And yes, there are some interesting features about her construction, her groundings as she made her way out of the Clyde and the early journeys. But the book is much more than that. It offers a dazzling array of cameos or snippits of watery travel from around the globe. The geography may vary but the authors (or their subject) all seem to agree that its about the journey - not the destination. This is a sentiment I can really connect with.

The journeys cover the great liners, dirty little coasters, canoe journeys, river journeys, north and south poles with just one canal boat journey thrown in but even that was on the US Intra-coastal Waterway and not out diminutive canal system.

The problem with this sort of book is that an interesting tale has barely got started when its over, truncated and leaving you wanting more. And I guess that's the point. Its a taster of journeys undertaken begging the reader to follow in the writers footsteps or at least to buy a full account and read the account in detail.

I guess it has served its purpose in that I now haw a collection of boat based travel accounts I will trawl the shelves of second hand bookshops to find. And, of course, more material for future blog posts. 

Friday, 3 April 2015

Catch Up

Catch Up 
April 2015

And so we come to the end of our second week afloat and the moving in date has been delayed, but only by 6 days to the 16th April which will mean we have been afloat for about a month.

Its an odd period where all our stuff is in store and we are stuck in a kind of limbo, not quite belonging anywhere. Helen had been zipping back and forth to Nottingham and I have been making a rather tedious commute to work in Birmingham. I tried the southbound M6 once but never again. It took over an hour to get to the M5 so I now travel on the A5 / A452 through Cannock and Brownhills which is a but further bit means I complete the trip in a predicable 55 minutes.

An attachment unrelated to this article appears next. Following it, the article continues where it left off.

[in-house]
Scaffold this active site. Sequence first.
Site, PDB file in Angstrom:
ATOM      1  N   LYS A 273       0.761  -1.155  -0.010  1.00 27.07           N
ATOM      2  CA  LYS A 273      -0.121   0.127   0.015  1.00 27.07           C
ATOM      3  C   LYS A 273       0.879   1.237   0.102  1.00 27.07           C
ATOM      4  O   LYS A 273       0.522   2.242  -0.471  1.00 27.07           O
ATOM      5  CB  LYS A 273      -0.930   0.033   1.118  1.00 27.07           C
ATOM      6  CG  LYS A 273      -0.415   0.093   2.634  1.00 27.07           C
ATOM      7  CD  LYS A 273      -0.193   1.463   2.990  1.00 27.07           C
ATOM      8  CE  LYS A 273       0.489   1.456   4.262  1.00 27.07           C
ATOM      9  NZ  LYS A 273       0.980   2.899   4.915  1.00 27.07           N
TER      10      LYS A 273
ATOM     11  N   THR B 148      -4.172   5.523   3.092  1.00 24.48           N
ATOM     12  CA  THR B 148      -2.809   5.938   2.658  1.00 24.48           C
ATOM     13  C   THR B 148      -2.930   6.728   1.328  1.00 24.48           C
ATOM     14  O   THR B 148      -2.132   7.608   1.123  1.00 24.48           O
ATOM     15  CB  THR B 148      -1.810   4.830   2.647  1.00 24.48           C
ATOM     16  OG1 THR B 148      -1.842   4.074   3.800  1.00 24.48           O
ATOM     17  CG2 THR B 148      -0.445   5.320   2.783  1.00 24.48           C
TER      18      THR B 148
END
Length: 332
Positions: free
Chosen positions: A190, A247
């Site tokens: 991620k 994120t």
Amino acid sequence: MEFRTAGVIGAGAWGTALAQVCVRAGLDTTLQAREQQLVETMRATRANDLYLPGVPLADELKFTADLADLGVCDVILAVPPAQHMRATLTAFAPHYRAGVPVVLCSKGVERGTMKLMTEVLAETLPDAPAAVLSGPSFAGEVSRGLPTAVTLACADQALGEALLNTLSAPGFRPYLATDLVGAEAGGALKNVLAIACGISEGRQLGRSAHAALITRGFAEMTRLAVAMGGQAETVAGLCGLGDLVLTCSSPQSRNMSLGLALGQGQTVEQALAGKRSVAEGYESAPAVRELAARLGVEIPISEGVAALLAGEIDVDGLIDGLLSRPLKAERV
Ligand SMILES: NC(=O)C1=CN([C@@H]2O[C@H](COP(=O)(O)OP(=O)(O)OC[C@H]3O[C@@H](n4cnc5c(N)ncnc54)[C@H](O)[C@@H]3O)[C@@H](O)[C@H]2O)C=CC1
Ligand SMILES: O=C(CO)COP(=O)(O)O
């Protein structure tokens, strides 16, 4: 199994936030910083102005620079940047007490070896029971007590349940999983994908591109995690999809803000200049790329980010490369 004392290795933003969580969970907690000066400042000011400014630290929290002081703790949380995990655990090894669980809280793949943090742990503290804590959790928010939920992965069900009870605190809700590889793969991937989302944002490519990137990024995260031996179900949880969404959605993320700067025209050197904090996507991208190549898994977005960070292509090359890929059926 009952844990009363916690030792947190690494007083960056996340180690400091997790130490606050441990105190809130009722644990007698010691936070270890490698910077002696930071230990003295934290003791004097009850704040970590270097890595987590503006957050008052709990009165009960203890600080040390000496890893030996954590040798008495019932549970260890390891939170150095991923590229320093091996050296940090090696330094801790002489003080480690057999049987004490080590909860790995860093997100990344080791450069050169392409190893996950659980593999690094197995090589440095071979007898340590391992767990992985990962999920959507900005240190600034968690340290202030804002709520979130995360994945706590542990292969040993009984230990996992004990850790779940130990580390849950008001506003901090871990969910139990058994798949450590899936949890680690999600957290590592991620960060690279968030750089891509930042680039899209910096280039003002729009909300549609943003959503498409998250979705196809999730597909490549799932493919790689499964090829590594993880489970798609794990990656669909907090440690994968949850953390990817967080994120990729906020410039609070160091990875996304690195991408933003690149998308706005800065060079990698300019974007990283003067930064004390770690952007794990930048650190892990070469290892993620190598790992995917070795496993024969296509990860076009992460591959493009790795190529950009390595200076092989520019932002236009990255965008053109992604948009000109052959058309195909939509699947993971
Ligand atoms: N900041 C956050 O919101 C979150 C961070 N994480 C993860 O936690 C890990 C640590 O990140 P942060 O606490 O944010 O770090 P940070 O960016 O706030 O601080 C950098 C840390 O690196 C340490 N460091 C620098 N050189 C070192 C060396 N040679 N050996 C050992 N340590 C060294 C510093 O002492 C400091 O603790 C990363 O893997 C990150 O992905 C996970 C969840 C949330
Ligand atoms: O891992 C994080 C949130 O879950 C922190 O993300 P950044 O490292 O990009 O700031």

One of Helen's nights away was Monday - the night of the storm. The wind howled over the exposed marina and the boat worked its mooring loose which meant that at 1.30 am I was outside tying the front rope to the boat next door, which lessened the bumping and eventually allowed me to get off to sleep again.

Life afloat is not the same as when we are travelling, and with the weather staying cold, wet and windy it makes the boat seem a bit small. Its all so much easier when have the front and back open plus all the bank as overflow living space. But its not long now till the weather warms, the leaves sprout, the rivers drop out of flood and we see life return to normal.

For now we continue to wear a groove in the road to Brownhills.

And so we stand on the threshold of a new era when several elements of our life plan come together. I will enter the final year of my employment, we will have a new smaller house, we will get cracking with the construction of a new workshop and a kitchen extension and Wand'ring Bark comes out of the water for re blacking just before the trip to the St Richards Festival in Droitwich. We are hoping that the Severn will drop by then and let us take the butty out onto the river for the first time.

If that's not enough, it looks like the boats may have a new home (more of that another time) plus we have a full programme of festivals to trade at and I have several European cities to visit for work. Busy, busy, busy....